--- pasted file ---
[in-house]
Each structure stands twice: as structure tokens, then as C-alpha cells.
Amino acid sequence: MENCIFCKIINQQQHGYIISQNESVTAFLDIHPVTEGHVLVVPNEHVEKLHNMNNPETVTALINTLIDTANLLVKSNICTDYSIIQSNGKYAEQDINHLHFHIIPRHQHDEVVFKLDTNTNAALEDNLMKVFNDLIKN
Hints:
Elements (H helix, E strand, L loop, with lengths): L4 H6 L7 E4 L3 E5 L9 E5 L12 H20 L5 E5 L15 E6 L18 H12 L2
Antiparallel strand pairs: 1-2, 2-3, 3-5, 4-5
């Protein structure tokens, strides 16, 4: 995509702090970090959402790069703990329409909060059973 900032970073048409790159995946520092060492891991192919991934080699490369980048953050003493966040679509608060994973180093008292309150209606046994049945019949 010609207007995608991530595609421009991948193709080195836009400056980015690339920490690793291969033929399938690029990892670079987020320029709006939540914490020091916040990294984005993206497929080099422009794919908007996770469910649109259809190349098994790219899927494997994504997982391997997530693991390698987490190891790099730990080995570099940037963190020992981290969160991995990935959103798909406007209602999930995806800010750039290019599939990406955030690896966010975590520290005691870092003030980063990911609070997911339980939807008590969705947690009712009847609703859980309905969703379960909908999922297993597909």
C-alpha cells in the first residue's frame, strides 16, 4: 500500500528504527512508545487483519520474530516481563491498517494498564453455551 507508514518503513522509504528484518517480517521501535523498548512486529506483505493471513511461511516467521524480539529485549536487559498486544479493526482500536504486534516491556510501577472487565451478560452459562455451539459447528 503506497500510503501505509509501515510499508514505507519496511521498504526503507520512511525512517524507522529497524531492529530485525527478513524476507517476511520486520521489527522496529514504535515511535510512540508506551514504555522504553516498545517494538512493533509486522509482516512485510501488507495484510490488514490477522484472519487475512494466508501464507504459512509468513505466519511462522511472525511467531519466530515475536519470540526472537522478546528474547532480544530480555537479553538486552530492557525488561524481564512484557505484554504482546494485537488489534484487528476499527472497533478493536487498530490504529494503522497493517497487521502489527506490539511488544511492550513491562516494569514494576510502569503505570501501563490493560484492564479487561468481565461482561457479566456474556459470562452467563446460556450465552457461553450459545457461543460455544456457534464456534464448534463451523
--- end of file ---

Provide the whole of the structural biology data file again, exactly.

[in-house]
Each structure stands twice: as structure tokens, then as C-alpha cells.
Amino acid sequence: MENCIFCKIINQQQHGYIISQNESVTAFLDIHPVTEGHVLVVPNEHVEKLHNMNNPETVTALINTLIDTANLLVKSNICTDYSIIQSNGKYAEQDINHLHFHIIPRHQHDEVVFKLDTNTNAALEDNLMKVFNDLIKN
Hints:
Elements (H helix, E strand, L loop, with lengths): L4 H6 L7 E4 L3 E5 L9 E5 L12 H20 L5 E5 L15 E6 L18 H12 L2
Antiparallel strand pairs: 1-2, 2-3, 3-5, 4-5
């Protein structure tokens, strides 16, 4: 995509702090970090959402790069703990329409909060059973 900032970073048409790159995946520092060492891991192919991934080699490369980048953050003493966040679509608060994973180093008292309150209606046994049945019949 010609207007995608991530595609421009991948193709080195836009400056980015690339920490690793291969033929399938690029990892670079987020320029709006939540914490020091916040990294984005993206497929080099422009794919908007996770469910649109259809190349098994790219899927494997994504997982391997997530693991390698987490190891790099730990080995570099940037963190020992981290969160991995990935959103798909406007209602999930995806800010750039290019599939990406955030690896966010975590520290005691870092003030980063990911609070997911339980939807008590969705947690009712009847609703859980309905969703379960909908999922297993597909």
C-alpha cells in the first residue's frame, strides 16, 4: 500500500528504527512508545487483519520474530516481563491498517494498564453455551 507508514518503513522509504528484518517480517521501535523498548512486529506483505493471513511461511516467521524480539529485549536487559498486544479493526482500536504486534516491556510501577472487565451478560452459562455451539459447528 503506497500510503501505509509501515510499508514505507519496511521498504526503507520512511525512517524507522529497524531492529530485525527478513524476507517476511520486520521489527522496529514504535515511535510512540508506551514504555522504553516498545517494538512493533509486522509482516512485510501488507495484510490488514490477522484472519487475512494466508501464507504459512509468513505466519511462522511472525511467531519466530515475536519470540526472537522478546528474547532480544530480555537479553538486552530492557525488561524481564512484557505484554504482546494485537488489534484487528476499527472497533478493536487498530490504529494503522497493517497487521502489527506490539511488544511492550513491562516494569514494576510502569503505570501501563490493560484492564479487561468481565461482561457479566456474556459470562452467563446460556450465552457461553450459545457461543460455544456457534464456534464448534463451523